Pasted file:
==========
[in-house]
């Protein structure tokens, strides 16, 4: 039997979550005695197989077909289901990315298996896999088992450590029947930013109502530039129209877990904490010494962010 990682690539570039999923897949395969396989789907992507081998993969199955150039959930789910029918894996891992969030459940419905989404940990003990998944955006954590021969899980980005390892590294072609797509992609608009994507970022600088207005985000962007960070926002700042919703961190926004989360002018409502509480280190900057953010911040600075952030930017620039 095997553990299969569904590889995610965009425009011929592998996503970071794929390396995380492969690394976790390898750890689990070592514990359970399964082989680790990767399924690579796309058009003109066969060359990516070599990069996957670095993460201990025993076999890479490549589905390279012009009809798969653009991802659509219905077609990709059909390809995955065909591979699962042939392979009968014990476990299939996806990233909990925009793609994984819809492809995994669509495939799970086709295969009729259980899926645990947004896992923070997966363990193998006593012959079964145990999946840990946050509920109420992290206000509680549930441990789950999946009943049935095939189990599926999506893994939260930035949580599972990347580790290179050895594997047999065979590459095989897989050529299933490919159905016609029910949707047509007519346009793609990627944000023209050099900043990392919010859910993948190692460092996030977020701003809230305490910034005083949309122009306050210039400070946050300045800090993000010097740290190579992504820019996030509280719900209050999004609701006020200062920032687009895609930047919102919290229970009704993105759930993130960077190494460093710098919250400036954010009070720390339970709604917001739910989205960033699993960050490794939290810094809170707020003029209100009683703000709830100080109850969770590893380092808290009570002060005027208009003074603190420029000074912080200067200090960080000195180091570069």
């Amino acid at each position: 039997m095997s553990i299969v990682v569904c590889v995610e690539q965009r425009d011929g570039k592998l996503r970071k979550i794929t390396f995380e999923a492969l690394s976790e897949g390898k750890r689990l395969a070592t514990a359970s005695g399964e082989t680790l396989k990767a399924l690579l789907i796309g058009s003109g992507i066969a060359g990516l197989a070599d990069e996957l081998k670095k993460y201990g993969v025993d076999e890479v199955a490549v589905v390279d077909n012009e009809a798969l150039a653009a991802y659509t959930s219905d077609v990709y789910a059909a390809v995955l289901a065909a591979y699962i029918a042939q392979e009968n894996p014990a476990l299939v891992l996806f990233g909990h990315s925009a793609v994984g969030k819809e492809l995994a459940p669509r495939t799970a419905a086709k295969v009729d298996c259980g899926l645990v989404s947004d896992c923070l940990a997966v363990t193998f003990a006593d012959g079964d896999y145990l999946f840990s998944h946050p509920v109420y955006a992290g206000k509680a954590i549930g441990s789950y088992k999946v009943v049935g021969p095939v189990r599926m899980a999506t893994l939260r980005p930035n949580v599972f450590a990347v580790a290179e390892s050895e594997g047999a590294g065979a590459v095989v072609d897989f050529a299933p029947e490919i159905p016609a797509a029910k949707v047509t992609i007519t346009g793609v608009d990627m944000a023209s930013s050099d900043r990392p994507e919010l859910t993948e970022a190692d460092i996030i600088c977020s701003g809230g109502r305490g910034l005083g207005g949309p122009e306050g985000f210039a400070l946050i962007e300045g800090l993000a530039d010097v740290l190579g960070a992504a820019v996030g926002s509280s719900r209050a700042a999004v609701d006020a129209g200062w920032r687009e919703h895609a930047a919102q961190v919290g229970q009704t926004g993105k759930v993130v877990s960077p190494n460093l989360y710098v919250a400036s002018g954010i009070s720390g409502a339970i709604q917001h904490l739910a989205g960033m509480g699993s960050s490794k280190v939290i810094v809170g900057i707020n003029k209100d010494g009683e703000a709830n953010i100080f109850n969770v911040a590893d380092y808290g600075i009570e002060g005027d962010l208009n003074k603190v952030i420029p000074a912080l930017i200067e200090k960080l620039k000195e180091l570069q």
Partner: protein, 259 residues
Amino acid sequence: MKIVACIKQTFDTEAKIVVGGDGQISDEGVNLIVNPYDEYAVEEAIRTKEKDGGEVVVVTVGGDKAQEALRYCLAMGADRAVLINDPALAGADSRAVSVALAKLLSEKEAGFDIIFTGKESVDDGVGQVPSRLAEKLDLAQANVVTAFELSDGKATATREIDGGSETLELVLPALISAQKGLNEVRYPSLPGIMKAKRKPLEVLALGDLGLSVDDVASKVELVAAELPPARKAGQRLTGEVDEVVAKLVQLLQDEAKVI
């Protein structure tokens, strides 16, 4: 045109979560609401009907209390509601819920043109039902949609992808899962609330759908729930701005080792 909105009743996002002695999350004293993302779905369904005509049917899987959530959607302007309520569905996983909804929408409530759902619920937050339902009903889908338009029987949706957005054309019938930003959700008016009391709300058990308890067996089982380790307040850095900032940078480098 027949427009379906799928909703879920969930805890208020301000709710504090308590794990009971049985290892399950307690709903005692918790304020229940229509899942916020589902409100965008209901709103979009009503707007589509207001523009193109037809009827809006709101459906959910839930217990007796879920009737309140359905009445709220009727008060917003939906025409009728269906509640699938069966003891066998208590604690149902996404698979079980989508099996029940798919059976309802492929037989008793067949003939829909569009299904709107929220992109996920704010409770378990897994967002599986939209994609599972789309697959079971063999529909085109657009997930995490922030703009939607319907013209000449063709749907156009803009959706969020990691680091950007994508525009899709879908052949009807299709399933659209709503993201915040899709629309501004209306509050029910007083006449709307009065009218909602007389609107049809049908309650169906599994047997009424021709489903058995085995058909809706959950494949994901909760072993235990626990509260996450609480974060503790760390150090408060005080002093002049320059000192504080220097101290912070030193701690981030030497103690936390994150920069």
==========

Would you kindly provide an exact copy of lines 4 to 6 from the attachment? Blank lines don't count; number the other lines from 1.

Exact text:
Partner: protein, 259 residues
Amino acid sequence: MKIVACIKQTFDTEAKIVVGGDGQISDEGVNLIVNPYDEYAVEEAIRTKEKDGGEVVVVTVGGDKAQEALRYCLAMGADRAVLINDPALAGADSRAVSVALAKLLSEKEAGFDIIFTGKESVDDGVGQVPSRLAEKLDLAQANVVTAFELSDGKATATREIDGGSETLELVLPALISAQKGLNEVRYPSLPGIMKAKRKPLEVLALGDLGLSVDDVASKVELVAAELPPARKAGQRLTGEVDEVVAKLVQLLQDEAKVI
């Protein structure tokens, strides 16, 4: 045109979560609401009907209390509601819920043109039902949609992808899962609330759908729930701005080792 909105009743996002002695999350004293993302779905369904005509049917899987959530959607302007309520569905996983909804929408409530759902619920937050339902009903889908338009029987949706957005054309019938930003959700008016009391709300058990308890067996089982380790307040850095900032940078480098 027949427009379906799928909703879920969930805890208020301000709710504090308590794990009971049985290892399950307690709903005692918790304020229940229509899942916020589902409100965008209901709103979009009503707007589509207001523009193109037809009827809006709101459906959910839930217990007796879920009737309140359905009445709220009727008060917003939906025409009728269906509640699938069966003891066998208590604690149902996404698979079980989508099996029940798919059976309802492929037989008793067949003939829909569009299904709107929220992109996920704010409770378990897994967002599986939209994609599972789309697959079971063999529909085109657009997930995490922030703009939607319907013209000449063709749907156009803009959706969020990691680091950007994508525009899709879908052949009807299709399933659209709503993201915040899709629309501004209306509050029910007083006449709307009065009218909602007389609107049809049908309650169906599994047997009424021709489903058995085995058909809706959950494949994901909760072993235990626990509260996450609480974060503790760390150090408060005080002093002049320059000192504080220097101290912070030193701690981030030497103690936390994150920069």